eliminate the Dep't of Education, eliminate the USDA. There is more, but you get the drift.

If we want to go to war, then use Milton Friedman's progressive consumption tax to fund the war; do not burden later generations with debt or punish productive enterprises and people.

Of course, I am just spitting at the moon, with these suggestions.

brodero said...

I agree ... Oklahoma,Kentucky,
Mississippi,South Carolina,and Alabama demand a stop to profigate
federal spending but get a lot more federal dollars than they pay...there is an inherent hypocrisy .....

Public Library said...

The sooner you start calling for Palin the quicker we can capitulate this country and start anew.

The last time we hired a below average IQ we ended up in 2 wars and a financial crisis. Good luck with that.

Benjamin Cole said...


That is the Red State Socialist Empire you are talking about, the bulwark of the Republican Party.

They will never, ever balance the budget. They can't--rural areas survive on the constant infusion of federal dollars.

A balanced federal budget and the end of rural subsidies would mean the end of many more country towns. Whole zip codes would empty out.

When they vote federal money into their districts, they are voting for survival. Good luck ending that.

fwiw imho said...

I, too, believe the comparison is valid.
Maybe Benji and the other deniers will see the light when Obama talks about "fixing" the pension problems. I'm afraid our pensions (public and private)will be nationalized, like Argentina.

I keep watching the "N" dominoes fall:

Freddy and Fannie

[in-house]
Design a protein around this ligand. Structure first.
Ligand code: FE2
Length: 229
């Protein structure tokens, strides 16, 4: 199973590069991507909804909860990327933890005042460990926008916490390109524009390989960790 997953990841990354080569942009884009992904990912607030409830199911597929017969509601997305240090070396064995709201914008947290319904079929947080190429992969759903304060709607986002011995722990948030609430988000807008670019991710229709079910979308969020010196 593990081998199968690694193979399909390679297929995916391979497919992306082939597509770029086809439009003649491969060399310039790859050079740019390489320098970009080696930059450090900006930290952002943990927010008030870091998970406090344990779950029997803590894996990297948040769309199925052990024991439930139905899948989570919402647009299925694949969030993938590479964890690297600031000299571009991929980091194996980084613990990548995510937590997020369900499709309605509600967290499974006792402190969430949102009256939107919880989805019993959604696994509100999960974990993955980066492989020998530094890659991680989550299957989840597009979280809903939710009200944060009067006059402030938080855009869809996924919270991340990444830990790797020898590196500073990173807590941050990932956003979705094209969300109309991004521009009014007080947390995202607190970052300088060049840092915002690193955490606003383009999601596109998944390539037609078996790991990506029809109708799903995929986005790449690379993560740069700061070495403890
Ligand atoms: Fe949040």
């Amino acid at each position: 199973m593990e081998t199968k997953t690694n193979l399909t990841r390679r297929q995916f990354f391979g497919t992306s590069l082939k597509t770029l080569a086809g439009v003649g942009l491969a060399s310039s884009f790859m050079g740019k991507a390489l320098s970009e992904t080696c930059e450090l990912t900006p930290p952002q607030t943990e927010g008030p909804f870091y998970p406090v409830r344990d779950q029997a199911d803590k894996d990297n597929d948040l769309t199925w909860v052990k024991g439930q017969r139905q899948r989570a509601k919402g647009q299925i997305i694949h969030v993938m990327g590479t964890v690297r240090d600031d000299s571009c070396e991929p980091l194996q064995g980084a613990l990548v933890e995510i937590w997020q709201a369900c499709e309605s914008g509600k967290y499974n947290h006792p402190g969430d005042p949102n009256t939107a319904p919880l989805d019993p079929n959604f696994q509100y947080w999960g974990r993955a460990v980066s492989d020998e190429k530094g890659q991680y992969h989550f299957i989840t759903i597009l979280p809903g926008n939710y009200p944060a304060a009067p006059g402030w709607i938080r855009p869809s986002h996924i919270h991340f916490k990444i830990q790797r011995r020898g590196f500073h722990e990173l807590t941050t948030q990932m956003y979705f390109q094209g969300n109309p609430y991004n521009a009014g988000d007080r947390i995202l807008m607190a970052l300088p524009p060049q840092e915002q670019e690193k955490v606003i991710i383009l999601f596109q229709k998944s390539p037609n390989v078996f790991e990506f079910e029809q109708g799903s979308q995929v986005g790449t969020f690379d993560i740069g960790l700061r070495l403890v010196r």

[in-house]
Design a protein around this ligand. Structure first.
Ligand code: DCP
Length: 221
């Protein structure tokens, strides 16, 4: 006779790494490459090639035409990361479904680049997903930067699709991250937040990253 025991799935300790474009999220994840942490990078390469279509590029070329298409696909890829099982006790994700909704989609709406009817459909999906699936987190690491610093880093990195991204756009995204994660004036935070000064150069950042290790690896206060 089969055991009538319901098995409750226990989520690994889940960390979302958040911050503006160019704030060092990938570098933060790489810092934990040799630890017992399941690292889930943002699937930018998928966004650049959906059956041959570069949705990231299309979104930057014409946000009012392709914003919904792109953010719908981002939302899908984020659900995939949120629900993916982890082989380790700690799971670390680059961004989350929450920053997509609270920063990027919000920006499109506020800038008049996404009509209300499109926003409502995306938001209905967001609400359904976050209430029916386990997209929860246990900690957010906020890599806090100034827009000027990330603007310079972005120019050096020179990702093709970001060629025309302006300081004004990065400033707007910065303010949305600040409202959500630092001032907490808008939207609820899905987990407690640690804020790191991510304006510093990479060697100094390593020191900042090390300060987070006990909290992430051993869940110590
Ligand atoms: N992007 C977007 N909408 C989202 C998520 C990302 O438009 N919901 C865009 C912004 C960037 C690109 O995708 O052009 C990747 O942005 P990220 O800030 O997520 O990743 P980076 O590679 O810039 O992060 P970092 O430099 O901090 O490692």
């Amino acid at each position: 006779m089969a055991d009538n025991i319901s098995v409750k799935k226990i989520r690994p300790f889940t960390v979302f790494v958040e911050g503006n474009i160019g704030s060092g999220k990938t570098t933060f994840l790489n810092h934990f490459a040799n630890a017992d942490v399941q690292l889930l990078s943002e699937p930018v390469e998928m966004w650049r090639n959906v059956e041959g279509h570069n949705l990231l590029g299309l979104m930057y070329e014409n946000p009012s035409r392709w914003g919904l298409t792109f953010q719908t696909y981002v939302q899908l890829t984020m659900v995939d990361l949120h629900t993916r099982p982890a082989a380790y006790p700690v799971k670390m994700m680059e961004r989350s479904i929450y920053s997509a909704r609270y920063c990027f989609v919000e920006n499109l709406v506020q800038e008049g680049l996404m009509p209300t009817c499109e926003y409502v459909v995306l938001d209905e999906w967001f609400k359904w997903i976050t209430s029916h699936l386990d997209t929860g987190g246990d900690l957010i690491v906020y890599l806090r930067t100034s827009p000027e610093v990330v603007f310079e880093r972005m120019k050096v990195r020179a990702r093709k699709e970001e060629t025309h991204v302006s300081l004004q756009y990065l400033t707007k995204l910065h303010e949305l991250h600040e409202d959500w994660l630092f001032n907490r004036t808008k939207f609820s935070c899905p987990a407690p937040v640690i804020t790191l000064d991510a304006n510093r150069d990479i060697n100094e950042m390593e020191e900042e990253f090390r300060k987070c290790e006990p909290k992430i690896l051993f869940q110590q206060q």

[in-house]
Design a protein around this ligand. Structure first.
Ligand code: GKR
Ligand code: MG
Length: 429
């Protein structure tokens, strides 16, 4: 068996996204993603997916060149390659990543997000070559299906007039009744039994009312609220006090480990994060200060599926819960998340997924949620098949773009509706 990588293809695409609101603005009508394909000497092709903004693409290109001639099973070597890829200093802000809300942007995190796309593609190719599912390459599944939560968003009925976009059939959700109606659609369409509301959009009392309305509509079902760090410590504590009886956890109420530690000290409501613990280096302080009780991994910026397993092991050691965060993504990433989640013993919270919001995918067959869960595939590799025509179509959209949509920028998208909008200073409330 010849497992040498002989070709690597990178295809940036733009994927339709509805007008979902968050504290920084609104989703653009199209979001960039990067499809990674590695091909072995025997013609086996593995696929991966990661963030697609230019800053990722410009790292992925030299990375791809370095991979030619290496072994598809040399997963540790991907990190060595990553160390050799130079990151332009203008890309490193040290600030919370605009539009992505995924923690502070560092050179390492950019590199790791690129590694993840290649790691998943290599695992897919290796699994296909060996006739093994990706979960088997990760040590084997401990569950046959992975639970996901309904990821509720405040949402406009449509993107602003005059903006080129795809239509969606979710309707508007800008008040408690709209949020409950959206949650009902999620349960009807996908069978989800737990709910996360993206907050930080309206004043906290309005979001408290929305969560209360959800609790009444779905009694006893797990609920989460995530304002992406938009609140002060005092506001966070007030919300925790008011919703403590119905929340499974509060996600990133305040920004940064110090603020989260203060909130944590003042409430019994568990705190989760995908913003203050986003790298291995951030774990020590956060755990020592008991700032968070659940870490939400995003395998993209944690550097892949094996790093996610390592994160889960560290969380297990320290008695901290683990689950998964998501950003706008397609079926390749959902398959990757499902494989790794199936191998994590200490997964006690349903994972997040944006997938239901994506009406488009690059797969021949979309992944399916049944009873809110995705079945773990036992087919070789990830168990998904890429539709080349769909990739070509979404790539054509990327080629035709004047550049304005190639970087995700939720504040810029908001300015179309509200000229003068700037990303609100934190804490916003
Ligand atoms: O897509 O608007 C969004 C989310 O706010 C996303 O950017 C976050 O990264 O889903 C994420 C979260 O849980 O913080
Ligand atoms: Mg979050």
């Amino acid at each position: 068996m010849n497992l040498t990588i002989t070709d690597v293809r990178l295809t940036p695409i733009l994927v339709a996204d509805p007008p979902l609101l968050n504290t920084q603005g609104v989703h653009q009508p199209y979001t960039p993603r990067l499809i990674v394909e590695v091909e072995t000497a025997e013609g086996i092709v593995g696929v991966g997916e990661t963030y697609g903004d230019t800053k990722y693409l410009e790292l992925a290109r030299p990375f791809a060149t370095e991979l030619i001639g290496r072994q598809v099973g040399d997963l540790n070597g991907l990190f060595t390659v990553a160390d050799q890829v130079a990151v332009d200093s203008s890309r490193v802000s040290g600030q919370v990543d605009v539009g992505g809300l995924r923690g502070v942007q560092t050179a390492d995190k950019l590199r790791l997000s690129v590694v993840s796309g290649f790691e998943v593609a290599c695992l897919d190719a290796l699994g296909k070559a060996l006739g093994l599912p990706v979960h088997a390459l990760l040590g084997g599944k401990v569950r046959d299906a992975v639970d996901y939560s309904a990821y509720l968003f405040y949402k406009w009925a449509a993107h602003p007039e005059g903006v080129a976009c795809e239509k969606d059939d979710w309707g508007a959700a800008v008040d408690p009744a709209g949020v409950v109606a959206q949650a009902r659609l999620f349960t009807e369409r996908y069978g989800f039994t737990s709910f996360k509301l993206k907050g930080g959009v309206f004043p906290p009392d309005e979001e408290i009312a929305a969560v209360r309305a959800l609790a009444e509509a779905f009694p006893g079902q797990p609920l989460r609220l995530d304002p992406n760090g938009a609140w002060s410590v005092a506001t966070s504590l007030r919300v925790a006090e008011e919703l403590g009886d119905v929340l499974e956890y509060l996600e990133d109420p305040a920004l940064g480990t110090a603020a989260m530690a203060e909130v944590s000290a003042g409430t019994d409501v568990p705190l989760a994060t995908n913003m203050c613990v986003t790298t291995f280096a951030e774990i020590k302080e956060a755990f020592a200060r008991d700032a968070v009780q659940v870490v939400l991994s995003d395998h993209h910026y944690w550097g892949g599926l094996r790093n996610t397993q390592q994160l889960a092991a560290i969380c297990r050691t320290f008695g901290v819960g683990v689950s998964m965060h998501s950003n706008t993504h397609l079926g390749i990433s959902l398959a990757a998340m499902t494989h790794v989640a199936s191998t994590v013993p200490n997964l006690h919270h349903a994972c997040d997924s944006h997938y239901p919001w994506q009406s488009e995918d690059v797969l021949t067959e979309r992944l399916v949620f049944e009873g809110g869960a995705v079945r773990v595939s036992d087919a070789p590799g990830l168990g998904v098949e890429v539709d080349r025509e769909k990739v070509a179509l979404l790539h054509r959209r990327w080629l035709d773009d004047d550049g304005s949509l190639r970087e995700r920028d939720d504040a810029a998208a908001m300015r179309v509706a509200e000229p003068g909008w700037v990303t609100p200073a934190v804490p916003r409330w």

Student loan program

Like the lobster in the kettle on the stove, you won't know the water's too hot until it's too late....

Scott Grannis said...

Peronism got started in Argentina back in the 1940s, and the government has been growing in size and influence ever since. US federal spending as a share of GDP was flat, averaging about 20%, from the early 1950s until 2008. Our federal government has only just begun a massive expansion, with spending on track to reach almost 30% of GDP, especially if Obamacare survives.

In short, the US is not Argentina, but Argentina is where we are headed if we don't do something to stop the growth of government.

Paul said...

Oh, Benji,

"They will never, ever balance the budget. They can't--rural areas survive on the constant infusion of federal dollars."

The Republican Congress(where all spending originates) did balance the budget in the late '90's. They spent waay too much from 2000-06, but look like an armuy of Ebeneezer Scrooge clones compared to the Pelosi/Benji's boyfriend team.

Benjamin Cole said...


I guess I am flattered that I have a reading audienc of one--you.

I am not a fan of Obama's. I voted for him as I believe the R-Party cannot balance the budget, and (for better or worse) we have a two-party system in this country. So, if I vote against the R-Party, then my choice is the D-Party.

I may just decide to "throw my vote away" and vote for Ron Paul in the next go 'round, though it would deprive you of the endless pleasure you get of razzing me.

And who did Paul vote for? Your namesake? I hope so.

Benjamin Cole said...

Also, you need to review the federal budget process.
The annual budget process starts with the President (through the OMB) proposing a budget to Congress. This becomes the basis of mark-ups, hearings etc. Congress does not have the the staff to prepare a budget of that size, a truly massive undetaking. It is handled by the executive branch.

Clinton, in fact, proposed surplus budgets. No R-Party President has proposed a balanced since in 50 years. They have earned the title "BS Republicans"--for "Borrow & Spend." Though it could stand for "Banana State Republicans."

Scott Grannis said...

Speaking of Paul, how do people feel about Paul Ryan? He's been pretty impressive of late.

Scott Grannis said...

Lorien: Canada's success is not the result of higher tax rates, it's the result of lower tax rates.

W.E. Heasley said...

Scott Grannis said...

“Speaking of Paul, how do people feel about Paul Ryan? He's been pretty impressive of late.”

Ryan scares the progressive dingle berries our of Obama. Empirical evidence (Ryan) always scares a progressive argument based on notions (Obama).

Paul said...


"And who did Paul vote for? Your namesake? I hope so."